OKLAHOMA CITY (KFOR) – A man is behind bars after being arrested for allegedly having thousands of dollars in cash and ketamine in his car. It’s a drug that the Oklahoma Bureau of Narcotics says they’ve seen more of in recent years.
“Thankfully, we were able to get those drugs off the streets before they got into the hands of somebody who it could have killed,” said Msgt. Gary Knight with the Oklahoma City Police Department.
A traffic stop revealed hallucinogenic drugs in northwest Oklahoma City Tuesday. Knight said they got a call about a vehicle swerving all over the road and an officer in the area pulled over 39-year-old Gang Wu.
“They spoke with the driver, obtained consent to search the driver,” he said. “As they were frisking him, they came across a large sum of cash in one of his pockets, nearly $10,000.”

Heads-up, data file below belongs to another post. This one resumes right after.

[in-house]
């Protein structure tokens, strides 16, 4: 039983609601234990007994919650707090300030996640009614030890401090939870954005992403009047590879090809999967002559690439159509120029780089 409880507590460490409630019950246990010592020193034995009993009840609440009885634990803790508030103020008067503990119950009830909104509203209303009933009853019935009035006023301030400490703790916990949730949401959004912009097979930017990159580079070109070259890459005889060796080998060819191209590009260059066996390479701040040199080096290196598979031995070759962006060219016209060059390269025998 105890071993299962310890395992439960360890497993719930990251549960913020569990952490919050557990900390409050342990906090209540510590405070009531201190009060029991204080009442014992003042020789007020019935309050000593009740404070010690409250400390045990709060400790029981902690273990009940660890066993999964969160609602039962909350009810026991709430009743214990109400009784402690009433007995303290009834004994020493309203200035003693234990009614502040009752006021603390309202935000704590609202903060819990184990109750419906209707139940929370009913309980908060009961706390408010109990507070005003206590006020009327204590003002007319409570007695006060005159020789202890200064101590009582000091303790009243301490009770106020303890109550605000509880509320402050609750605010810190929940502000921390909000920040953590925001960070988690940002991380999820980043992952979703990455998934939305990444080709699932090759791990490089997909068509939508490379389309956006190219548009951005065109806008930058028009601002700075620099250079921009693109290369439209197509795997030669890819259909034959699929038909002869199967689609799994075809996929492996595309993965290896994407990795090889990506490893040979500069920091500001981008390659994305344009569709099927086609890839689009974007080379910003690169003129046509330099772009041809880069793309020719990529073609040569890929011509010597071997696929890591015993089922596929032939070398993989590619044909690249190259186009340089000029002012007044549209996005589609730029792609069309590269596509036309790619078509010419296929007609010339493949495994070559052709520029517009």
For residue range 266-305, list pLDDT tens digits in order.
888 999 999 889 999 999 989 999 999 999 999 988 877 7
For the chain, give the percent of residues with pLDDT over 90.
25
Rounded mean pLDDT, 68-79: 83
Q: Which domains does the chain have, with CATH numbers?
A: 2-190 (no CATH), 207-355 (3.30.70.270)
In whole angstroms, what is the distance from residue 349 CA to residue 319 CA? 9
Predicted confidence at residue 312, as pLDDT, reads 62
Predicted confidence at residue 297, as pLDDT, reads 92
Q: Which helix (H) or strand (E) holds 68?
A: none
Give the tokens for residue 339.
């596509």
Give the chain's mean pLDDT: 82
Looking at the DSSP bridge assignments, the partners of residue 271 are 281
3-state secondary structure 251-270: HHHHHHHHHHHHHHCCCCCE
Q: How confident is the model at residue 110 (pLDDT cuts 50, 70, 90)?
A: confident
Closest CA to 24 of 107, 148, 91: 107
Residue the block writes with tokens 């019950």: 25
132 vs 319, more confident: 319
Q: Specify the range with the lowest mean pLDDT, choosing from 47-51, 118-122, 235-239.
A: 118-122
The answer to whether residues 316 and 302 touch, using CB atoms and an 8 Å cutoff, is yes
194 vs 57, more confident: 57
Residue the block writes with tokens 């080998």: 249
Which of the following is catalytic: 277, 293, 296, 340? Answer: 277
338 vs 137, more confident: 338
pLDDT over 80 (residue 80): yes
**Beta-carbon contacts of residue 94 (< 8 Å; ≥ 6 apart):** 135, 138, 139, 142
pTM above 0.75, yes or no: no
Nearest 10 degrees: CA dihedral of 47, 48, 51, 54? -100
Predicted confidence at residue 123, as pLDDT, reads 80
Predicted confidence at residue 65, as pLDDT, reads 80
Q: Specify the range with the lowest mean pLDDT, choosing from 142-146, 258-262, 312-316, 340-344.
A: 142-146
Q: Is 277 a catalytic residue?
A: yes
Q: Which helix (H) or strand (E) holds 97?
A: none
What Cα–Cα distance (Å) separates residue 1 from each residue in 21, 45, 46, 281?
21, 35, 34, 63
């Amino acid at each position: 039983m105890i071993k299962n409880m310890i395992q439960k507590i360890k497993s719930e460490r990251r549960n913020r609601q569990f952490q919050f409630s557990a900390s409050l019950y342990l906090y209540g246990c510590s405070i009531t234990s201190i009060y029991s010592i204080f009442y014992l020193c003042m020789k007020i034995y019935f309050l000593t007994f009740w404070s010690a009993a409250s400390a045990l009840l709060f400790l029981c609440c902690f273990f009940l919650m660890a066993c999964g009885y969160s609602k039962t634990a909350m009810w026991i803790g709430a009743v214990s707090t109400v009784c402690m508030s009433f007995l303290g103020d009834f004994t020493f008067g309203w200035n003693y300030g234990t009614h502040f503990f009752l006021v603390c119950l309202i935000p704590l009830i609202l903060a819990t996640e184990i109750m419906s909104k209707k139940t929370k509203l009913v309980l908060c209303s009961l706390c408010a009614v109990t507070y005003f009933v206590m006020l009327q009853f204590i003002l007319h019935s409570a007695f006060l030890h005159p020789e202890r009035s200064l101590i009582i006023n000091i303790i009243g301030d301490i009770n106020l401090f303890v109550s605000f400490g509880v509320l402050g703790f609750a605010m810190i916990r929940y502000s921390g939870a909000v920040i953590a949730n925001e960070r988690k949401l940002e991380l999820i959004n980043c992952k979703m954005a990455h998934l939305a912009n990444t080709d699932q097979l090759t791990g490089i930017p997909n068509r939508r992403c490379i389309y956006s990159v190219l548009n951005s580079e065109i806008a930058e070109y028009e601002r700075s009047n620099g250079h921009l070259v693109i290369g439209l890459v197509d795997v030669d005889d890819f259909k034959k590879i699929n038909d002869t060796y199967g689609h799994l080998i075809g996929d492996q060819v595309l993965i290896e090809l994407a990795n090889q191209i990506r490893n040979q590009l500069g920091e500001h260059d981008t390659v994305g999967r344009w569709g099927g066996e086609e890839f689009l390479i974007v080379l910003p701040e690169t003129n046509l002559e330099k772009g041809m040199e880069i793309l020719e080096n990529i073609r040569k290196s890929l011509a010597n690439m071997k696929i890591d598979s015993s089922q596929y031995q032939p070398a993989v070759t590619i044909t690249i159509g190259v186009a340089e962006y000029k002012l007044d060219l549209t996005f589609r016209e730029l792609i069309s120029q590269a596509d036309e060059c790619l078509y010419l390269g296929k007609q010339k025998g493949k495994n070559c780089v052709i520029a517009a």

Of bigger concern though, was the ketamine he was carrying.
“That’s an illegal drug,” Knight said. “You must have a prescription to have that.”
“Ketamine is a very powerful and popular club drug globally,” Mark Woodward with the Oklahoma Bureau of Narcotics said.
Woodward said the ketamine is usually mass produced in China and smuggled onto the black market. Since the pandemic, he said they’ve seen more of it in Oklahoma.
“We have intercepted a lot of Ketamine that has come from China being sourced to specifically marijuana farms in Oklahoma that are run by the Chinese or are being sold to workers on these farms,” he said.
Woodward added that criminal organizations with ties to China are moving to the sooner state. He said they commit what he called collateral crimes. They’ve seen prostitution and gambling rings, illegal marijuana farms, and trafficking ketamine.
“We’ve seen it smuggled in cardboard containers in the lining of cardboard boxes to look like legitimate shipments coming in from China on cargo containers,” he said. “Some of it’s coming across the southern border by the cartels.”